Building the case for the most widely used illicit drug in developed countries, researchers from the University of South Carolina have discovered marijuana's potential to treat autoimmune diseases in which chronic inflammation plays a pivotal role. These include arthritis, lupus, colitis and multiple sclerosis.
Published in the Journal of Biological Chemistry, the findings say marijuana's potential key role in fighting these diseases lies in its capacity to suppress certain immune functions, notably inflammation.
Drawing on recent research that suggests certain environmental molecules exterior to DNA can alter its functioning, the study examined whether marijuana's main active constituent, tetrahydrocannabinol (THC), could affect DNA through "epigenetic" pathways.
The group of molecules with the capacity to alter DNA and the functioning of genes it controls is collectively referred to as the epigenome. It includes a group of molecules called histones, which are responsible for inflammation, both beneficial and harmful.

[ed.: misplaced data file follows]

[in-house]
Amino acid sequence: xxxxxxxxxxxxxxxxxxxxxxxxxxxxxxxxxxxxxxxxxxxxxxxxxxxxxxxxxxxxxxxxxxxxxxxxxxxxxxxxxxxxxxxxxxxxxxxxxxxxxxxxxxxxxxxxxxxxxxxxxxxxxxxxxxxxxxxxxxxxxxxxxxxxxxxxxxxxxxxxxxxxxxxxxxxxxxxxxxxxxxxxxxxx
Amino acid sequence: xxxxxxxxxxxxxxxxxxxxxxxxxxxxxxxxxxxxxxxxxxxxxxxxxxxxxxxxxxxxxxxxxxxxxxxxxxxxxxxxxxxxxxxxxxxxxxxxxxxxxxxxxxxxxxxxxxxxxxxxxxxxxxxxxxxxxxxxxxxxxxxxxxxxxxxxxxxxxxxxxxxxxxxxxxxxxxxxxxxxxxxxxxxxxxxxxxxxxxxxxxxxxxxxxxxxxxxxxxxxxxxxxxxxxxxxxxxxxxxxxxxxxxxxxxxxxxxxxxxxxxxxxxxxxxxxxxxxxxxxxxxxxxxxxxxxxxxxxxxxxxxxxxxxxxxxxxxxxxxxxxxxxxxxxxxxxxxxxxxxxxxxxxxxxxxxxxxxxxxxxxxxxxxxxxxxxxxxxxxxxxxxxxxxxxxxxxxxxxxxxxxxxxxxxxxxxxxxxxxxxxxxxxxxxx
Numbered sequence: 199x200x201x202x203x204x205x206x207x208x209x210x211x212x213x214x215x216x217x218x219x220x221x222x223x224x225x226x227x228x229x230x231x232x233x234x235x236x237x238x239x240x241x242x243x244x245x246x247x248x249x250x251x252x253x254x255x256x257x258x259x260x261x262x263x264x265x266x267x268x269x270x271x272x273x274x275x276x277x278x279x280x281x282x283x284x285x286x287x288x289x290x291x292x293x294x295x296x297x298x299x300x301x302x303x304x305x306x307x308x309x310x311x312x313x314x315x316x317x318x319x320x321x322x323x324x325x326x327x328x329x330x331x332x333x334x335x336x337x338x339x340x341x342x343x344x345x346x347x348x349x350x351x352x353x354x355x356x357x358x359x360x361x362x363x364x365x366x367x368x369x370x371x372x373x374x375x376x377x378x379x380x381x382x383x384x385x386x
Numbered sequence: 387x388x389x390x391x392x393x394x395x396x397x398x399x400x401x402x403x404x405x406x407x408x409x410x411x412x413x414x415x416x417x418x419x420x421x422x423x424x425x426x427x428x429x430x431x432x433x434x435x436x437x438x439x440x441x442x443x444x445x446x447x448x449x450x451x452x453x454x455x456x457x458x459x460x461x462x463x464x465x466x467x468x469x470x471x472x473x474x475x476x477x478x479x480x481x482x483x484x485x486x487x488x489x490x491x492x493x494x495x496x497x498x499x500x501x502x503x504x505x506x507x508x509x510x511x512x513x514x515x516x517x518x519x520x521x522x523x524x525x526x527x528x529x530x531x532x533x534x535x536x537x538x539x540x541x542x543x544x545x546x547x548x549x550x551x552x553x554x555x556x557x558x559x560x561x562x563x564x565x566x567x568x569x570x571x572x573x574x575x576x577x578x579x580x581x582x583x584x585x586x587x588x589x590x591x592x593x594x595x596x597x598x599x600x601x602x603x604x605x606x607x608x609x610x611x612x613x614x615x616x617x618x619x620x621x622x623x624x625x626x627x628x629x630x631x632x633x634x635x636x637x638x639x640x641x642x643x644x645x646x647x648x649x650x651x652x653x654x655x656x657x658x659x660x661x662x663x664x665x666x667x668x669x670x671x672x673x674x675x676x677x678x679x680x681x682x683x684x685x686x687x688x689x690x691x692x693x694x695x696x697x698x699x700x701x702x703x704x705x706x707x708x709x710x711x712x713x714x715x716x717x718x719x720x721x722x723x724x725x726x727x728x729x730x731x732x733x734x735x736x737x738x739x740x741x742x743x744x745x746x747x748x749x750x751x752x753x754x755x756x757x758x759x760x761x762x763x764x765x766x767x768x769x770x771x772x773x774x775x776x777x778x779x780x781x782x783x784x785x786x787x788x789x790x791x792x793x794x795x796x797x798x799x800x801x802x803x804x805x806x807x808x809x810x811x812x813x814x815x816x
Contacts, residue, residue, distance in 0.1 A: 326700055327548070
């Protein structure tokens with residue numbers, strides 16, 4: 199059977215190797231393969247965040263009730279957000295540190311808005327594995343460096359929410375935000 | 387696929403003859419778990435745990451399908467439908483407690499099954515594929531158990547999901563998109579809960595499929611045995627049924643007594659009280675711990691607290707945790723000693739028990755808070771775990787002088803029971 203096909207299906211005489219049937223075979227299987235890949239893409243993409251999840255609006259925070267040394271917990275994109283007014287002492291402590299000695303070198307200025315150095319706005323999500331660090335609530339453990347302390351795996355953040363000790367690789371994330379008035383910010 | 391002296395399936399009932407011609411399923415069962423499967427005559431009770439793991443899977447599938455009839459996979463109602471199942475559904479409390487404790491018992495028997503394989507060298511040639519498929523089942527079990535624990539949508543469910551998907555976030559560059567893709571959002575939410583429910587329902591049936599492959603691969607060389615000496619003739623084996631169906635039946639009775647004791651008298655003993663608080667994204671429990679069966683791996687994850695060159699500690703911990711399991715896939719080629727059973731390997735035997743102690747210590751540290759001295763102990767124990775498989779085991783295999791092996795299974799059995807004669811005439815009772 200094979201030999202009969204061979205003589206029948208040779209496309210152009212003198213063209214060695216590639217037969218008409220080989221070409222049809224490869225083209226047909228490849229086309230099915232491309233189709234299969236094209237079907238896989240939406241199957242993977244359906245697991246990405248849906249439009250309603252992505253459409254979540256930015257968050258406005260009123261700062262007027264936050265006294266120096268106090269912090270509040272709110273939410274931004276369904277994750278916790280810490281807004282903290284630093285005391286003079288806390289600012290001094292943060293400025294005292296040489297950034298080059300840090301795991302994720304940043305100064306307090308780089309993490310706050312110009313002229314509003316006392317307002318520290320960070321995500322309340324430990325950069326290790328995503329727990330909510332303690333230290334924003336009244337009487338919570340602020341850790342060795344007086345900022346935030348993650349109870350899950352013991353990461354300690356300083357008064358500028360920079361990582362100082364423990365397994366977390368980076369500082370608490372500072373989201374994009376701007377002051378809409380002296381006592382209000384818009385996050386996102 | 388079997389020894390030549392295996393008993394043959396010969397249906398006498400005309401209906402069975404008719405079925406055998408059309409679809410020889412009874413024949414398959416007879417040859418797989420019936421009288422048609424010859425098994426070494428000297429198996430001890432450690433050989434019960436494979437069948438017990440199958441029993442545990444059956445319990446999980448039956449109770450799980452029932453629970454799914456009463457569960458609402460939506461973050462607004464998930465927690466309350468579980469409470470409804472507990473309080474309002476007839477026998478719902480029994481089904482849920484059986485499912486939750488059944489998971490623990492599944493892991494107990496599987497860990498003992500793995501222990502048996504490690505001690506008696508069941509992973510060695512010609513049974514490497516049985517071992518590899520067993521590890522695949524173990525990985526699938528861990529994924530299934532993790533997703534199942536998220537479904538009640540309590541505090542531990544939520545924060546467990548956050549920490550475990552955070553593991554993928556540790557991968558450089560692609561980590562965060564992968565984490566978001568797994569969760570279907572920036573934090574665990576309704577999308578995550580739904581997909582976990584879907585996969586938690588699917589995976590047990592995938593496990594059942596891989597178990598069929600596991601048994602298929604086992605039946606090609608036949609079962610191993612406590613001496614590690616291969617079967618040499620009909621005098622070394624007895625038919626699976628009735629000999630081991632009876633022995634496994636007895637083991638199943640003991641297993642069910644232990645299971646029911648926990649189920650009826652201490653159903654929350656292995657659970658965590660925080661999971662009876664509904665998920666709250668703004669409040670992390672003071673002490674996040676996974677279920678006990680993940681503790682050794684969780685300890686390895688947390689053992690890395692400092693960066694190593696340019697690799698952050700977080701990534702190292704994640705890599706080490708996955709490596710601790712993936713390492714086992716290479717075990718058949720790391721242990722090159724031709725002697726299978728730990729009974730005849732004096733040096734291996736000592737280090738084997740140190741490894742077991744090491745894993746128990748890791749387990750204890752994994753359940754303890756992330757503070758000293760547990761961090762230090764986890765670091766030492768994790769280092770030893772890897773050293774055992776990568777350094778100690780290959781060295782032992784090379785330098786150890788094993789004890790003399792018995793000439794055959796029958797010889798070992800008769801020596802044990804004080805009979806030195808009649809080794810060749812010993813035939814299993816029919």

The research team, led by Mitzi Nagarkatti, Prakash Nagarkatti and Xiaoming Yang, found that THC can, indeed, affect DNA expression through epigenetic pathways by altering histones.
"The current study demonstrates for the first time that THC may modulate immune response through epigenetic regulation involving histone modifications," says the abstract.
As recreational and medical use of marijuana become more acceptable in developed countries, more research is being
conducted and more potential health applications are being uncovered.
Marijuana already has a variety of medical uses including treatment of chronic pain, nausea, vomiting and the wasting syndrome experienced by some AIDS patients.
Also on HuffPost